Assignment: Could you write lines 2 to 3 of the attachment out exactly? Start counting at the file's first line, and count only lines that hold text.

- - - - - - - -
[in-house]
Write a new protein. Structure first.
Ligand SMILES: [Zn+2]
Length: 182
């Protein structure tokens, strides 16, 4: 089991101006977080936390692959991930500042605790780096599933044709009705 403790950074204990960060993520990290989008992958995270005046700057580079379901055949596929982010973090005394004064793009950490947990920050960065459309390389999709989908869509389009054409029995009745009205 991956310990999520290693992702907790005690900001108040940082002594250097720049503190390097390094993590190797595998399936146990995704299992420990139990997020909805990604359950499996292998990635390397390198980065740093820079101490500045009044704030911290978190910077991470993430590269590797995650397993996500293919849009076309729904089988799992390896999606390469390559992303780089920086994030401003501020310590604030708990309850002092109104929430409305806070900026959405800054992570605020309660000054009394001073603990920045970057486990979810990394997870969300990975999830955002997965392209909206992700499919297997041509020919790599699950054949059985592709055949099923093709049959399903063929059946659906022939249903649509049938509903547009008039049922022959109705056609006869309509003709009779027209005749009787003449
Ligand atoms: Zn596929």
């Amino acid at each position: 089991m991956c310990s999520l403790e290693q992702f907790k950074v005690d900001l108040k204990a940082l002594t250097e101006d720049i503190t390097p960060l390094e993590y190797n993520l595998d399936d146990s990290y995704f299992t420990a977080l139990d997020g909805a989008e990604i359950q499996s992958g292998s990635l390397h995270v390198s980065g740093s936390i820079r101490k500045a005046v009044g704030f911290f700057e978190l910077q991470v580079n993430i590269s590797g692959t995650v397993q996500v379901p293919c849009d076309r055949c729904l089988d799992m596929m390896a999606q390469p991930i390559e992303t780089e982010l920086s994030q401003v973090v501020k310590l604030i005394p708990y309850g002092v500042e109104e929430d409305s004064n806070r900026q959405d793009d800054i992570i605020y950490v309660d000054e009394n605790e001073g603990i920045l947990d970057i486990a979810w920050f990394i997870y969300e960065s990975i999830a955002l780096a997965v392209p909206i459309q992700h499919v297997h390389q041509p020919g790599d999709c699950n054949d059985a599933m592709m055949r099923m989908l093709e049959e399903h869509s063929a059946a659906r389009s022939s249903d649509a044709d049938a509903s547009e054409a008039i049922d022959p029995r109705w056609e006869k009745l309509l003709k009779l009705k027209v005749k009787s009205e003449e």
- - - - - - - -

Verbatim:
Write a new protein. Structure first.
Ligand SMILES: [Zn+2]